Nate Anderson at Ars is one of many that has this story. Anderson makes the best case for a project about which I am deeply cynical. I don’t entirely disagree with his point about Twitter in many ways being equivalent to a sort of oral history or tradition. He’s not suggesting that the vast majority of it is as important as those rare tweets that are startling and news worthy.
The implication that archiving Twitter will provide future historians with a sort of peak into the online social milieu of years past makes a certain sense. It actually makes more sense than the residual value of those more historically weighty tweets. I would expect archives of blogs and web sites would provide much more detailed and interesting information around events also scooped by a tweet.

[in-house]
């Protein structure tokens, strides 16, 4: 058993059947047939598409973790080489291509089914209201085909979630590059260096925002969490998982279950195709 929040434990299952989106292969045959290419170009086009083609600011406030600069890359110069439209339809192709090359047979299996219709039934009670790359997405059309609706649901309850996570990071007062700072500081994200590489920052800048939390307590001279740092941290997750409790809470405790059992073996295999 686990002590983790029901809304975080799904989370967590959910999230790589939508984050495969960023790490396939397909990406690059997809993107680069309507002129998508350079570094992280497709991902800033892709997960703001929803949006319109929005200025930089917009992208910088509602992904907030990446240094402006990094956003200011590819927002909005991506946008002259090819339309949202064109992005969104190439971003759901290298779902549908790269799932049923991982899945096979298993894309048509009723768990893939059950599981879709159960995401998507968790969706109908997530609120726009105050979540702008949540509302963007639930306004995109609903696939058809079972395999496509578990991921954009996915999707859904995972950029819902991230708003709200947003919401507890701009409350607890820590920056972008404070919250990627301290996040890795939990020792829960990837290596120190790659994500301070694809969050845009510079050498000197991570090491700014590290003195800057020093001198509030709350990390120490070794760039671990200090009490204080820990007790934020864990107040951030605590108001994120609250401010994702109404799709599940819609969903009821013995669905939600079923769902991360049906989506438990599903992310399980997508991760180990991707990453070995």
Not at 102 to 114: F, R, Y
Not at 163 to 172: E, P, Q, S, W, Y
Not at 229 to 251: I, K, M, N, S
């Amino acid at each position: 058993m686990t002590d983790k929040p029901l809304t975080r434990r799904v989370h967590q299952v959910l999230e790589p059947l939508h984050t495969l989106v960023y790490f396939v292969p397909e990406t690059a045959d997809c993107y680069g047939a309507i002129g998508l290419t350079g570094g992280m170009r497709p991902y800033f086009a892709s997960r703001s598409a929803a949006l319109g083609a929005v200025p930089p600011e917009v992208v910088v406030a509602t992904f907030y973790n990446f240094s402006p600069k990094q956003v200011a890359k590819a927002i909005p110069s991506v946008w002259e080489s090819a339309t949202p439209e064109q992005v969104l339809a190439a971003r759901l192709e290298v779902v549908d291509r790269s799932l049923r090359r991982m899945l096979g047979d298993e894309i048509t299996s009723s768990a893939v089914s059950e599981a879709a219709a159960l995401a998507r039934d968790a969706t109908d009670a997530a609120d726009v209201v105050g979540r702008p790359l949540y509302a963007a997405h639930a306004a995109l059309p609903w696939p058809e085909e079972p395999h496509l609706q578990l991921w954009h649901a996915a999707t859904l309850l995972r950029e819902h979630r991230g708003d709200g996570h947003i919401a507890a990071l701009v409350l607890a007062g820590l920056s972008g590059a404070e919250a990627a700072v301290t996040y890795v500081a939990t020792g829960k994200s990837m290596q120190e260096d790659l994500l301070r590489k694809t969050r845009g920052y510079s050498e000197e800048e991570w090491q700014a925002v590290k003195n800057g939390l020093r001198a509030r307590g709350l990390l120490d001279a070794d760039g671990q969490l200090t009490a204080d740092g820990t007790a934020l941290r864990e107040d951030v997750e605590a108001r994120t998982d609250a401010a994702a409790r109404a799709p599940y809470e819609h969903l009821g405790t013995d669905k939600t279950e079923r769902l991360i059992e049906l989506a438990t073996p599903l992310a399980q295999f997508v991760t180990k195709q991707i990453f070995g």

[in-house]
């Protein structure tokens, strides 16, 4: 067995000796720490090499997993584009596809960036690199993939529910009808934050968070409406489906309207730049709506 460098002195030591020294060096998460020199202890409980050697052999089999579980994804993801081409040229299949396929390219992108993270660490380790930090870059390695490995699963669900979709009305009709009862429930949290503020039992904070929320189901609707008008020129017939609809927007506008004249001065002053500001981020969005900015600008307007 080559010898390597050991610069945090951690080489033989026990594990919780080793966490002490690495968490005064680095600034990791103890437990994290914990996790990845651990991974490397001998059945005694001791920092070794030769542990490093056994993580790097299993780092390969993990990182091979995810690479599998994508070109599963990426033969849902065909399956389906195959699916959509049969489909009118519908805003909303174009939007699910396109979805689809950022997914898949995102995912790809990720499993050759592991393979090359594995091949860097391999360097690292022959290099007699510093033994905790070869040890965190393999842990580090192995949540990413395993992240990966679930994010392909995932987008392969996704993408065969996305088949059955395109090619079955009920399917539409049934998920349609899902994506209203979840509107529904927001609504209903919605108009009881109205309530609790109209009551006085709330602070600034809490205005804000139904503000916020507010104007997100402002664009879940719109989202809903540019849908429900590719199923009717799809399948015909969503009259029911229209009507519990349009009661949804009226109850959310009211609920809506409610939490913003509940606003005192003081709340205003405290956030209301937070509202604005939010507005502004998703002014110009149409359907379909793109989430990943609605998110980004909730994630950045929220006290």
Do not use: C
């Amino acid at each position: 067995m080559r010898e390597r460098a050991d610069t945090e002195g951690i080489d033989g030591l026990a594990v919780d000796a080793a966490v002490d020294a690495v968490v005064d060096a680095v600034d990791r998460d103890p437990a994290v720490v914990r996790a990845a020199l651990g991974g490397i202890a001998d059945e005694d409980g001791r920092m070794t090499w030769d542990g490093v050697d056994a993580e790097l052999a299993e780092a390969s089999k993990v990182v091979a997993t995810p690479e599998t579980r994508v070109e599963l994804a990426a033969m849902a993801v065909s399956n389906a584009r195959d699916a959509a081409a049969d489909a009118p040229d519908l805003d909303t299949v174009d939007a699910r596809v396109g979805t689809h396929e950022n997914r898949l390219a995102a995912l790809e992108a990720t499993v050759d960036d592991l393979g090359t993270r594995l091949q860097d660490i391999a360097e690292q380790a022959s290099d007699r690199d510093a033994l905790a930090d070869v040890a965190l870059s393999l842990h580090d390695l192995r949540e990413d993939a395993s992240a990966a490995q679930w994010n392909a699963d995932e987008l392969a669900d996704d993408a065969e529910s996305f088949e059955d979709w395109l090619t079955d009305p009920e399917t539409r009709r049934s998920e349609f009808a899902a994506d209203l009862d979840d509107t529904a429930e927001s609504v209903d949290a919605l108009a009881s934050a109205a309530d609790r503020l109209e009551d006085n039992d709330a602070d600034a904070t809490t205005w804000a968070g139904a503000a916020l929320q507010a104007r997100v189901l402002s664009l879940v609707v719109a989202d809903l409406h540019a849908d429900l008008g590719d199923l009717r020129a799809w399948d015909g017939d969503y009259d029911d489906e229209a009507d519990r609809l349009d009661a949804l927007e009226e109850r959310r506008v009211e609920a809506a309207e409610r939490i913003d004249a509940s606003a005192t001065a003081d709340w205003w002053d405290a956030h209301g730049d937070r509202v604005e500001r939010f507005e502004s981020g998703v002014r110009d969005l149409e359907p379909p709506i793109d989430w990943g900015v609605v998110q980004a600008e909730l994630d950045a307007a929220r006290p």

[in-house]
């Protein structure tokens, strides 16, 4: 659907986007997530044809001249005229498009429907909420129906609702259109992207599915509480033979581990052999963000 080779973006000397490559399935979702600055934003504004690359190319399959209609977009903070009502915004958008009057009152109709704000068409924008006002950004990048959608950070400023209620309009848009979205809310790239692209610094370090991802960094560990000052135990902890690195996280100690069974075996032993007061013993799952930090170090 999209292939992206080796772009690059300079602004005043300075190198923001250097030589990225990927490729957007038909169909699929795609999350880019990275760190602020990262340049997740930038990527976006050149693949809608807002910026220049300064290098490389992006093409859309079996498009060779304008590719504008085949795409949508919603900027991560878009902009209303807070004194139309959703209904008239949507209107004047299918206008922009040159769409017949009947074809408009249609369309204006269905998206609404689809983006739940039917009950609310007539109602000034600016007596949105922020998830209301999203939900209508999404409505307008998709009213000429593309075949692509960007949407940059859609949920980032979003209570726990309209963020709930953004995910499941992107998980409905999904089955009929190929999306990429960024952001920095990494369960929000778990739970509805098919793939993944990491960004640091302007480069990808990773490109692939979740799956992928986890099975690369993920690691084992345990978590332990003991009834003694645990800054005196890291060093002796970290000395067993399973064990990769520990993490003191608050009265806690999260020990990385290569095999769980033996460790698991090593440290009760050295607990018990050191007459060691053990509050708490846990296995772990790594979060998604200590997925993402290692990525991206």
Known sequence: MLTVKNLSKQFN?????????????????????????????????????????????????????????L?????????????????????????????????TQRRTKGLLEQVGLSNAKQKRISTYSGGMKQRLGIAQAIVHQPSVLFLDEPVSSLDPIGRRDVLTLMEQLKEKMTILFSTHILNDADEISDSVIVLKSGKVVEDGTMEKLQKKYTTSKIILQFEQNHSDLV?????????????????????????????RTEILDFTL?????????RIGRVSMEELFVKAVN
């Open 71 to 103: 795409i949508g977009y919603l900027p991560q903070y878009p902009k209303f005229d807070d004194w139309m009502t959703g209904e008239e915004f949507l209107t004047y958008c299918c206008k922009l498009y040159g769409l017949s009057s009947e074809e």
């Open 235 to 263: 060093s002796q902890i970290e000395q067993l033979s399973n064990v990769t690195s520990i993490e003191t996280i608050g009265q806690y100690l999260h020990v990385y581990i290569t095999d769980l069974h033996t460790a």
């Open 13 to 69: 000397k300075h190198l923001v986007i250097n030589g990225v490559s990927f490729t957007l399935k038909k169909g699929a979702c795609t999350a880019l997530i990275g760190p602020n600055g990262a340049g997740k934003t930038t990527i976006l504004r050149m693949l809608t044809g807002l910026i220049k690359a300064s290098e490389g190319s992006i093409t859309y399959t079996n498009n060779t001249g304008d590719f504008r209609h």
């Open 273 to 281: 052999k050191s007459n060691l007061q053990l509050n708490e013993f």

I do have to wonder at the priorities, however. Could the money being used for this be better spent on other digital archiving efforts, things like what my fellow volunteers for IASL and I are trying to achieve? It is a bit maddening as the announcement was made, sickeningly enough, on Twitter. Hopefully more details will be forthcoming.